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From the July 1914 issue of The Christian Science Journal

IS there a man of whom you never think because you do not see him with your eyes or hear him with your ears? If there be such a man, is he physical and mortal, subject to change and decay like all material nature, whether organic or inorganic; or is he akin to Mind, and therefore spiritual and immortal? If man were nothing but breathing dust, despair and wisdom would be synonyms, all moral codes and ideals would be foolish and baseless fantasies, all moral government a myth and a tyranny. But if we predicate man's immortal being as self-conscious intelligence, the offspring of eternal Mind, then despair becomes a shadow which has fled, and joy, faith, and hope unveil their steadfast constellations.

The real man is not merely a highly developed animal, but a being of unlike origin and destiny. He can no longer be looked upon askance as the foolish fable of dreaming sages, for a higher sense of his nature and powers is dawning like a broadening sunrise in human consciousness. No longer may mankind doubt God's power and goodness, or rebel against the supreme rule as tyrannous, capricious, or malign; no longer can incredulous sense substitute chance and discord for the infinite harmony. This century, as did the first, has furnished proofs that the God who made man is wisdom, and He is also Love. More than this, the present age has been blessed with a fuller revelation of God, and of man's infinite possibilities as His likeness, than has any preceding period. Christian Science has opened up the Scriptures so that the light of Truth makes luminous the words and works of Christ Jesus, and shows that what he did and taught others to do, is the true ideal for all men. It answers with no uncertainty the psalmist's query, "What is man, that thou art mindful of him?" It accepts without any reservation his related statement, "Thou hast... crowned him with glory and honor. Thou madest him to have dominion over the works of thy hands."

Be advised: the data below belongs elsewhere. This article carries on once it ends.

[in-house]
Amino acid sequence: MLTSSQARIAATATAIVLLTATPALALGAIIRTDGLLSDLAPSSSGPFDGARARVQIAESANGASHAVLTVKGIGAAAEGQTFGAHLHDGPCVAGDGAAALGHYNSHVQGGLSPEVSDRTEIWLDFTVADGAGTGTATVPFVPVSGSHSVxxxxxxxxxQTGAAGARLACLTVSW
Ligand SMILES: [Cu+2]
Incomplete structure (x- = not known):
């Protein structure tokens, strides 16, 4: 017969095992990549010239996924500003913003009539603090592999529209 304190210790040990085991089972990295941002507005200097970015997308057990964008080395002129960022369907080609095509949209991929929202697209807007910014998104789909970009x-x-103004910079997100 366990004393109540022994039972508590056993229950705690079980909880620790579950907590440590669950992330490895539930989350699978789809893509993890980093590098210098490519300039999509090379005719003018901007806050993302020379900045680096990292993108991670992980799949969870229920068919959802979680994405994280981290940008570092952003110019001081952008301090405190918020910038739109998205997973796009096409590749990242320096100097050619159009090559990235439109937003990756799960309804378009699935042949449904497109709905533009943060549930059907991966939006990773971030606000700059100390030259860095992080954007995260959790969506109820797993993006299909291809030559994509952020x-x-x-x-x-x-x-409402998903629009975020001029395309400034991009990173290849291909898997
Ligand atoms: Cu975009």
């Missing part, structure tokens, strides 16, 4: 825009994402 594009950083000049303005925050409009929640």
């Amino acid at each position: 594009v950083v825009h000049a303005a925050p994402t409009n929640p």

At times, man's apparent insignificance may pain and bewilder one. To finite sense he may seem like a tiny insect trying to crawl to the summit of a pyramid, or like the feeble flare of a candle in the presence of the majestic light of the sun. Reflection, however, ought speedily to assure us that what Milton terms "bulk without spirit, vast," can afford no standard of measurement for man's true stature, for though his capacities and powers are obscured by material belief, even human intelligence gives evidence of the possession of a factor which no microscope can detect, and to which what we call nature becomes a vassal, and opens up all her secrets. At its behest the ocean receives the thought-conveying cables to its mysterious deeps, the mountains yield their long-hoarded treasures, the elements assume new forms and appearances when summoned to retorts and crucibles, while the heavens furnish their forceful winds and the flaming lightnings serve as instant messengers. Shakespeare's Puck might justly contemplate the numberless follies of humankind and exclaim, "What fools these mortals be!" yet if he were a real being rather than the mere product of the poet's imagination, lie would be compelled to confess that his aerial flights were transcendently surpassed by human wit and will. The material universe can show nothing which is comparable to man as we know him, even though "it doth not yet appear" what man really is.